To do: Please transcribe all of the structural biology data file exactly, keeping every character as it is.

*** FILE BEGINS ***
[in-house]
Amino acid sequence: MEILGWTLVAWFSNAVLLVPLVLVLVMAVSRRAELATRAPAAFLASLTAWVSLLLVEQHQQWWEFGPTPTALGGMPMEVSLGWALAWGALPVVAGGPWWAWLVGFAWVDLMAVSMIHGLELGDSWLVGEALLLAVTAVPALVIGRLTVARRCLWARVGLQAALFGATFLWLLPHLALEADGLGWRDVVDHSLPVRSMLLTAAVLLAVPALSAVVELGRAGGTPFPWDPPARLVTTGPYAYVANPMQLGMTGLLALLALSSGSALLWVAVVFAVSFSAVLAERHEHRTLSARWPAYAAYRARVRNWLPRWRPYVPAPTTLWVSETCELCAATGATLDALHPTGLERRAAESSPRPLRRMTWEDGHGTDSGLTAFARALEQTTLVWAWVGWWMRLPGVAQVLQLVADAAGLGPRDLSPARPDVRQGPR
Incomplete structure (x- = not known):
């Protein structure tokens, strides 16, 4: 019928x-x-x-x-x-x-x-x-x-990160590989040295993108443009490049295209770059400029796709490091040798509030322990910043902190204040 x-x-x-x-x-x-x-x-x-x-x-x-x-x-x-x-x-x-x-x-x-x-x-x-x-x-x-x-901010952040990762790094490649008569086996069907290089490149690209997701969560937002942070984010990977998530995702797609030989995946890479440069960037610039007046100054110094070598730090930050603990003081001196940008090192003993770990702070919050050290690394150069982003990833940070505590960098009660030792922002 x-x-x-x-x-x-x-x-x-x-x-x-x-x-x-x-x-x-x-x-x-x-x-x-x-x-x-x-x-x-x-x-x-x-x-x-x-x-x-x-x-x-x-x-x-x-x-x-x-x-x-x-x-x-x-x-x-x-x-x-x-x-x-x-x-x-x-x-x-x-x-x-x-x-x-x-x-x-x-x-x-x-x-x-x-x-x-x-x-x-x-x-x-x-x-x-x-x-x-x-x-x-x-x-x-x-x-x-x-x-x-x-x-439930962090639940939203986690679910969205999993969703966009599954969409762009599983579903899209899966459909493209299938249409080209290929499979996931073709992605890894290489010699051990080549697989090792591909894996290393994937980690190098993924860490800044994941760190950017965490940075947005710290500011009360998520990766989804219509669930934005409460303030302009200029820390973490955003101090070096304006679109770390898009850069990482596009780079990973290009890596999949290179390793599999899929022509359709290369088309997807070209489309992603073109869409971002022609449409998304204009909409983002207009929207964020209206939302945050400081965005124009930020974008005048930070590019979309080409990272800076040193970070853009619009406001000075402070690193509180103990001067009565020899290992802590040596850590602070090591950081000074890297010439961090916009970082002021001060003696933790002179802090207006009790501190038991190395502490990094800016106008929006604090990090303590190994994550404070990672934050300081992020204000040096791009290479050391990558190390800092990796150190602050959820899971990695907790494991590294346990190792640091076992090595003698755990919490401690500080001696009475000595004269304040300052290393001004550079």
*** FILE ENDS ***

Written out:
[in-house]
Amino acid sequence: MEILGWTLVAWFSNAVLLVPLVLVLVMAVSRRAELATRAPAAFLASLTAWVSLLLVEQHQQWWEFGPTPTALGGMPMEVSLGWALAWGALPVVAGGPWWAWLVGFAWVDLMAVSMIHGLELGDSWLVGEALLLAVTAVPALVIGRLTVARRCLWARVGLQAALFGATFLWLLPHLALEADGLGWRDVVDHSLPVRSMLLTAAVLLAVPALSAVVELGRAGGTPFPWDPPARLVTTGPYAYVANPMQLGMTGLLALLALSSGSALLWVAVVFAVSFSAVLAERHEHRTLSARWPAYAAYRARVRNWLPRWRPYVPAPTTLWVSETCELCAATGATLDALHPTGLERRAAESSPRPLRRMTWEDGHGTDSGLTAFARALEQTTLVWAWVGWWMRLPGVAQVLQLVADAAGLGPRDLSPARPDVRQGPR
Incomplete structure (x- = not known):
């Protein structure tokens, strides 16, 4: 019928x-x-x-x-x-x-x-x-x-990160590989040295993108443009490049295209770059400029796709490091040798509030322990910043902190204040 x-x-x-x-x-x-x-x-x-x-x-x-x-x-x-x-x-x-x-x-x-x-x-x-x-x-x-x-901010952040990762790094490649008569086996069907290089490149690209997701969560937002942070984010990977998530995702797609030989995946890479440069960037610039007046100054110094070598730090930050603990003081001196940008090192003993770990702070919050050290690394150069982003990833940070505590960098009660030792922002 x-x-x-x-x-x-x-x-x-x-x-x-x-x-x-x-x-x-x-x-x-x-x-x-x-x-x-x-x-x-x-x-x-x-x-x-x-x-x-x-x-x-x-x-x-x-x-x-x-x-x-x-x-x-x-x-x-x-x-x-x-x-x-x-x-x-x-x-x-x-x-x-x-x-x-x-x-x-x-x-x-x-x-x-x-x-x-x-x-x-x-x-x-x-x-x-x-x-x-x-x-x-x-x-x-x-x-x-x-x-x-x-x-439930962090639940939203986690679910969205999993969703966009599954969409762009599983579903899209899966459909493209299938249409080209290929499979996931073709992605890894290489010699051990080549697989090792591909894996290393994937980690190098993924860490800044994941760190950017965490940075947005710290500011009360998520990766989804219509669930934005409460303030302009200029820390973490955003101090070096304006679109770390898009850069990482596009780079990973290009890596999949290179390793599999899929022509359709290369088309997807070209489309992603073109869409971002022609449409998304204009909409983002207009929207964020209206939302945050400081965005124009930020974008005048930070590019979309080409990272800076040193970070853009619009406001000075402070690193509180103990001067009565020899290992802590040596850590602070090591950081000074890297010439961090916009970082002021001060003696933790002179802090207006009790501190038991190395502490990094800016106008929006604090990090303590190994994550404070990672934050300081992020204000040096791009290479050391990558190390800092990796150190602050959820899971990695907790494991590294346990190792640091076992090595003698755990919490401690500080001696009475000595004269304040300052290393001004550079």